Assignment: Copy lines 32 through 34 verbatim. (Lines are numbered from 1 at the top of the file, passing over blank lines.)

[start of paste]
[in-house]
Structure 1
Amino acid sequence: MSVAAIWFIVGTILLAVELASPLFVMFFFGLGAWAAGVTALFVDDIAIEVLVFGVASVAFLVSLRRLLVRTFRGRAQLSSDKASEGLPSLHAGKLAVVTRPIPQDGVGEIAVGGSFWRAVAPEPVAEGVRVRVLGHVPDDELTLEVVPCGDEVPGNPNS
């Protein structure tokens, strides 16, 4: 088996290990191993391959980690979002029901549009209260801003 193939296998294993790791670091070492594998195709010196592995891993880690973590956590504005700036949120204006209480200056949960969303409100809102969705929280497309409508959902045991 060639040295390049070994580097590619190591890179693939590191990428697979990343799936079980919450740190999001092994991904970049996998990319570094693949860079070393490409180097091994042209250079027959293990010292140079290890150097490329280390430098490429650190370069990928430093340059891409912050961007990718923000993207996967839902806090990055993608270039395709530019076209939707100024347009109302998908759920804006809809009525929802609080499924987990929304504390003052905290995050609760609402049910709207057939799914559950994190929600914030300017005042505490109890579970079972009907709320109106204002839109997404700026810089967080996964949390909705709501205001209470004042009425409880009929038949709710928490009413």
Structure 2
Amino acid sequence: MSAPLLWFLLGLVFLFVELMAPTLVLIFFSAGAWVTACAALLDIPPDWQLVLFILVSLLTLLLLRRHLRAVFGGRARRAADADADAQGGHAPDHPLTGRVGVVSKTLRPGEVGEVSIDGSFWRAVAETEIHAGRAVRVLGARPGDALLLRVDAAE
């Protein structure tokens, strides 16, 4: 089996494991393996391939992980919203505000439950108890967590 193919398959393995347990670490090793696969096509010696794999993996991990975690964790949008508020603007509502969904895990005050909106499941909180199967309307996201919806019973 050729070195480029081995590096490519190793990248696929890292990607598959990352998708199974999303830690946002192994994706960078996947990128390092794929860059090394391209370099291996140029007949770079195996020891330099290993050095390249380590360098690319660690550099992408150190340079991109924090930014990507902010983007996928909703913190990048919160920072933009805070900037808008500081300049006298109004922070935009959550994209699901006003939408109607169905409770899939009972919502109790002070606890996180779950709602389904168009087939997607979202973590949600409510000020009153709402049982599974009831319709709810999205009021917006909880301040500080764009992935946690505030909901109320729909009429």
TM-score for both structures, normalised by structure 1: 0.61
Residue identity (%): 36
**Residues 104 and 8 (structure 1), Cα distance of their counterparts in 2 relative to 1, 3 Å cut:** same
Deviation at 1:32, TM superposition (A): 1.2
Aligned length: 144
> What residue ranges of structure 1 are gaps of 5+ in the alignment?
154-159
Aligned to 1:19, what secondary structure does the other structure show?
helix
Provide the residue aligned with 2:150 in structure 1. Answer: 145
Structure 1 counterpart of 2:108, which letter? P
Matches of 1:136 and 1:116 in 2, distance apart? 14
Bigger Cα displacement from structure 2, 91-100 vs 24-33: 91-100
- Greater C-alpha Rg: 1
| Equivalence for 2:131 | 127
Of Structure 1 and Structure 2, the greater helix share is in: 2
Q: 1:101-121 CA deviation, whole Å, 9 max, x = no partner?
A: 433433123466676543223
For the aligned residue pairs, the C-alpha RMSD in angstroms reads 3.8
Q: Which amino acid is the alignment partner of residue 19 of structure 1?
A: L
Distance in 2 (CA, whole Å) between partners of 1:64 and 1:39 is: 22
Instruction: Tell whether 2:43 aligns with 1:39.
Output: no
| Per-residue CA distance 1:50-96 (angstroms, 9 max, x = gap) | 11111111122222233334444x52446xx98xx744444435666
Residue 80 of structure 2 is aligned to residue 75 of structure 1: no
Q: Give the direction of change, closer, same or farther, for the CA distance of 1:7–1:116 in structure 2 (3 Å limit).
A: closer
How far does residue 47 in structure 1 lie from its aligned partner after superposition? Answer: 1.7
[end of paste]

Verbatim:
| Per-residue CA distance 1:50-96 (angstroms, 9 max, x = gap) | 11111111122222233334444x52446xx98xx744444435666
Residue 80 of structure 2 is aligned to residue 75 of structure 1: no
Q: Give the direction of change, closer, same or farther, for the CA distance of 1:7–1:116 in structure 2 (3 Å limit).